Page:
"Kids say the darndest things," Art Linkletter used to say on his old television show. And indeed they did. Not only were his interviews with children a popular part of his program, but Linkletter turned what the kids said into a book and, after a while, into a small industry. Now I have heard from the kids on the issue of school prayer. They do say the darndest things.
The "they" happens to be 122 eighth graders from the Lake Braddock Secondary School in Burke. They were asked by their teacher, Ruth C. Gander, to respond to a column I wrote opposing voluntary school prayer. The responses came in a thick packet and I opened it holding my breath. I have to tell you that I had no idea what kids thought on the subject, but I expected that the students, like most adults, would favor school prayer. I was wrong.
Specifically, the students were against voluntary school prayer by a figure of 96 to 26. In many of the essays, the kids stated their religion. They were Methodists and Catholics and Jews and Southern Baptists and even one Moslem who felt obliged to point out that he prays "in a totally different way."
One student was opposed to school prayer because "the teacher might pray in Catholic" and another, solicitous of his classmates, wrote that "some students are Jewish and they don't believe in God." Several of the students wrote they were very religious, but felt no need to pray in school and some declared themselves to be either atheists or agnostics and vowed, as one put it, that he would not pray "even if beaten with a stick."
The kids who were in favor of school prayer also stated their case forcefully. Most of them just felt that prayer was not much of a burden for anyone (even an atheist agreed with that), but one wrote that it simply meant an awful lot to her personally. "It helps me get through the day," she said.
Certain themes emerged from the responses. The first was that 20 years after the controversial Supreme Court decision, most of the kids simply saw no need for school prayer of any kind. They seem startled that anyone was suggesting it since school, they felt, was for learning, church for organized prayer.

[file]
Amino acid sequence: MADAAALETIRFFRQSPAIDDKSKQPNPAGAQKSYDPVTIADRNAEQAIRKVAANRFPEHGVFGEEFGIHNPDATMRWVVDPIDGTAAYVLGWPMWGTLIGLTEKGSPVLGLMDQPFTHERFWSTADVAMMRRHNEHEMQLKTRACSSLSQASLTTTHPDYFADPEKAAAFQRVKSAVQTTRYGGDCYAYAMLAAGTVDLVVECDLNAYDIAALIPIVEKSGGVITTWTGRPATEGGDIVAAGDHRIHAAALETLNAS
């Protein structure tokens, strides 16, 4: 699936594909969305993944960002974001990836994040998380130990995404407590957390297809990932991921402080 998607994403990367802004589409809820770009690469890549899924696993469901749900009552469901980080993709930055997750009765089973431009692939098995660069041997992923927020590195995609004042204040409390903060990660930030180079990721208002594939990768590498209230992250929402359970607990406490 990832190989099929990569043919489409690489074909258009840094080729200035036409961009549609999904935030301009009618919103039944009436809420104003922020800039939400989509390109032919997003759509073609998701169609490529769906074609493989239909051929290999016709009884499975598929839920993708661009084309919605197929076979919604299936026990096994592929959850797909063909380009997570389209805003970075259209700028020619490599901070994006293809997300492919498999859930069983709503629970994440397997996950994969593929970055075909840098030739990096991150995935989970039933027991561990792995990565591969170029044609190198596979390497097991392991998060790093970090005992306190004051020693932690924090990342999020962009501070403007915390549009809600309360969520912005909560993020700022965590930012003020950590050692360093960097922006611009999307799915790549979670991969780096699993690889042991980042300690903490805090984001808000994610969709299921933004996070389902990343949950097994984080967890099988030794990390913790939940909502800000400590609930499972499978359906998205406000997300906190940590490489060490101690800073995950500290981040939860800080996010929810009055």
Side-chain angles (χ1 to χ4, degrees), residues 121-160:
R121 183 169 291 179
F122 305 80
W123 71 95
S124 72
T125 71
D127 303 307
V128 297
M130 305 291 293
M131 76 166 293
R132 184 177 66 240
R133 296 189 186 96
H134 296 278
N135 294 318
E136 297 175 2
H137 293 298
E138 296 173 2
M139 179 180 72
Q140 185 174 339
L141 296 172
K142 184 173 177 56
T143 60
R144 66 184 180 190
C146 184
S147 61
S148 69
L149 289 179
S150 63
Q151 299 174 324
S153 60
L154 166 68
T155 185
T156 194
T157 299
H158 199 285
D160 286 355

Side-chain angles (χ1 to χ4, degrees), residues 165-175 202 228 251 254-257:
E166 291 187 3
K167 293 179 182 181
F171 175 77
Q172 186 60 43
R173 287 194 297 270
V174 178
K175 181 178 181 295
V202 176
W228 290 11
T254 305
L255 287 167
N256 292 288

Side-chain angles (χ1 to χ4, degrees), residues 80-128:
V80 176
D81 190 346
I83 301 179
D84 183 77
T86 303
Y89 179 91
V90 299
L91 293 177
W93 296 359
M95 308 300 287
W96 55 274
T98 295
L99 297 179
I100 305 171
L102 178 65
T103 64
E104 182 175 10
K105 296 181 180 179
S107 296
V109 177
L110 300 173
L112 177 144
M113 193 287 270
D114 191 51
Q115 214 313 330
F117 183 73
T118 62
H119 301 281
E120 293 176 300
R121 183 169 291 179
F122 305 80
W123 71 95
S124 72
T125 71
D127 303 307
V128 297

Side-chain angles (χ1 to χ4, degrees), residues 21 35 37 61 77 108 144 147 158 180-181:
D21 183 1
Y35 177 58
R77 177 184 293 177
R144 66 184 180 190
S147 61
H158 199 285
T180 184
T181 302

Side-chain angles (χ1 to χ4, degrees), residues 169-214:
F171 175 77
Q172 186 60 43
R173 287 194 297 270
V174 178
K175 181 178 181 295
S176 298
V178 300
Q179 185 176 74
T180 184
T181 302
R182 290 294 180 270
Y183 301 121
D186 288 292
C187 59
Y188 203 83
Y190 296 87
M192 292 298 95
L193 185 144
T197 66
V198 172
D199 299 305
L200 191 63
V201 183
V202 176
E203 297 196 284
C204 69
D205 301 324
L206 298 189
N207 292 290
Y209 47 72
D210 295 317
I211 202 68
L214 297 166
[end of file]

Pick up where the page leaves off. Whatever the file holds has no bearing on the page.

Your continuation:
Some of them said they prayed silently at times during the day, sometimes before tests: "Dear Lord, please help me pass this test or my father will kill me." They saw prayer as an intensely personal endeavor, and they could not understand how the lack of an organized prayer time meant, as some prayer proponents say, that "God had been banished from the schools." One wrote, "God can hear you anywhere, anytime." And another said, "I have said a prayer nearly every day. Many of my friends have done the same . . . . We don't need a teacher to tell us how to pray or lead us in prayer."
The students' greatest concern, though, was the same as that of the adults who favor prayer in the school: the best interests of the children. Most of the kids who opposed school prayer were sensitive to -- and protective of -- nonconformity. They said that kids who chose not to pray would be made to feel different and in the end coerced into joining in prayer. "Being 'accepted' or 'part of the in crowd' is probably more important . . . than prayer because religious beliefs aren't stable enough yet," one student wrote.
Some kids went further than this. They said they themselves had uncertain religious beliefs. They wanted time to work them out, and they resented the idea that the school expected them to believe in something and moreover expected them to pray. "I would not want to pray for something I am not sure I believe in yet," was the way one kid put it.
Parents have the right to be their children's religious tutors. The kids have no quarrel with this. But the government in the guise of the school is a different matter and there is no question -- at least to these kids -- that just by instituting prayer, the government is establishing a religion of sorts: separating believer from nonbeliever, the certain from the confused, and one religion from another. They say this is no role for either the schools or religion.
Kids say the darndest things.